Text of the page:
So goodbye Winston Peters. And likewise farewell New Zealand First. Come election night, Peters and his pals are goners. No question; no caveats; no qualifications. And, moreover, most deservedly so. Furthermore — if people are to be brutally honest — most thankfully so.
No-one should shed any tears when the numbers fail to fall in Peters' favour in sufficient numbers to save him and his shrinking band of disciples from eviction from Parliament.
There instead ought to be relief that a political parasite is no longer around to feast for free off New Zealand's Body Politic.
While expressing certainty that the demise of Peters' party is imminent, should New Zealand First somehow defy political gravity and retain a presence in the House, the next government is currently overwhelmingly odds-on to be a Labour one — either in coalition with the Greens or by means of a confidence and supply agreement with the latter.
Labour's patience with Peters has expired. Jacinda Ardern won't need him on board for her second Administration to function effectively. She won't want him on board.
Peters is now persona non grata. He is also sleepwalking his way to irrelevance.
This week witnessed a brief reawakening of the Peters of old in the form of his belligerent tongue-lashing directed at the Serious Fraud Office. Given his status as Deputy Prime Minister, this ugly and self-serving interlude amounted to political interference in the judicial system. Its purpose was to push New Zealand First to the top of the news bulletins. It was designed to inject life into the party's feeble election campaign.
On that score, the tactic was a conspicuous failure.
It has long been a maxim of New Zealand politics that Peters can never be written off; that no matter what the opinion polls might be indicating, there is only one poll which counts, specifically the one which closes at 7 o'clock on the evening of October 17; that the subsequent count of votes cast for New Zealand First is always much higher than the findings of the plethora of opinion polls conducted prior to the official ballot.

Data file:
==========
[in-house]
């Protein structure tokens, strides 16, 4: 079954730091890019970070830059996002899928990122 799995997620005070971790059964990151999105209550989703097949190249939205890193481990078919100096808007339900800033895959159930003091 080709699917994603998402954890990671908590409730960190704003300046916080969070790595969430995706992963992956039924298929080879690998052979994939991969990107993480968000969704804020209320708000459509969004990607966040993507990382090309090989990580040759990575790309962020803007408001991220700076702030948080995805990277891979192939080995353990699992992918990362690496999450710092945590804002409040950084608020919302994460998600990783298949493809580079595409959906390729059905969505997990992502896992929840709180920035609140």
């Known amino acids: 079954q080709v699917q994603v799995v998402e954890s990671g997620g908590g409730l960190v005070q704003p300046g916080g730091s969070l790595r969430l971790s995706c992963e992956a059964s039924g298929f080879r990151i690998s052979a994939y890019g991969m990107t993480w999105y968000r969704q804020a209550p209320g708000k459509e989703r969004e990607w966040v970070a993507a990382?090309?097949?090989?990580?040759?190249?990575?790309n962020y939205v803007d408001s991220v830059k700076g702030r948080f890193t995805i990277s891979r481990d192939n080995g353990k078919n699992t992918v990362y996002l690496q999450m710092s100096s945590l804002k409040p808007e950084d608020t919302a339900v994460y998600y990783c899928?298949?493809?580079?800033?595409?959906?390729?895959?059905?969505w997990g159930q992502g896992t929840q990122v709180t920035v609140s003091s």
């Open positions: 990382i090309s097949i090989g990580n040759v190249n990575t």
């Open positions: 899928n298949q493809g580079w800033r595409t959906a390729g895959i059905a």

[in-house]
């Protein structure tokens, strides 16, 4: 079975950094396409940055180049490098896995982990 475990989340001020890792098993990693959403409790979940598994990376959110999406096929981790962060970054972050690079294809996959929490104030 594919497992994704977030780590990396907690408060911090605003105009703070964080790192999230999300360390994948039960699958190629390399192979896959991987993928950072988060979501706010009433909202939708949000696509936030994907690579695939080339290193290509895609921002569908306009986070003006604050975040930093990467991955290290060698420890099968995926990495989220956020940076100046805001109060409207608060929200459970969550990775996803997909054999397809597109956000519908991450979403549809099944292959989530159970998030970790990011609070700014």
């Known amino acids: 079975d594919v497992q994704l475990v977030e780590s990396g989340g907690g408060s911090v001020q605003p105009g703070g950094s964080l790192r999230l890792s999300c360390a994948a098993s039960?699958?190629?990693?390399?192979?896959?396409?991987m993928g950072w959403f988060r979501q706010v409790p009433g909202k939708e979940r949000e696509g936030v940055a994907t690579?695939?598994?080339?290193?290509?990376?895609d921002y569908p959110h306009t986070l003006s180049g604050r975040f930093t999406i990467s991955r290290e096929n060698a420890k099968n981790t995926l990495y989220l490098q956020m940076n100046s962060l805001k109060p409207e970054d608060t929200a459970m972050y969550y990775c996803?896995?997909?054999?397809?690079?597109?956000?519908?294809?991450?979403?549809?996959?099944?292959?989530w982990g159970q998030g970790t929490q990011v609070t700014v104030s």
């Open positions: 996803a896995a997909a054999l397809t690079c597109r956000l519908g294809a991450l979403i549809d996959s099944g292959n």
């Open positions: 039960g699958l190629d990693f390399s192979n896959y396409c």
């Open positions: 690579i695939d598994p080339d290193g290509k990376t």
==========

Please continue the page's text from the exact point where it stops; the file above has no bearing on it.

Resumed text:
The latter assertion is just plain wrong. With the notable exception of the 2011 election when the polls failed to pick up a late surge in support for Peters' outfit, the findings of voter surveys have been pretty much in sync with the tallies registered by that party at the ballot box.
There is no reason why this election should buck that trend. To the contrary, there are numerous factors now in play which explain why voter backing for New Zealand First has been crumbling as fast as the tablets of stone upon which those maxims were supposedly indelibly inscribed.
It hardly needs repeating that a political party rating between 1 and 2 per cent in the polls is in deep trouble. It is worth noting why those factors cumulatively make it near impossible for Peters to turn around his party's deleterious state of affairs in the two weeks left until election day rolls around.
Firstly, it is not just the fly-by-nighters whose voting behaviour is only consistent in being inconsistent who are seeking salvation elsewhere.
Those who have long been loyal to the New Zealand First cause are either planning to jump ship or not to vote at all — or can no longer vote.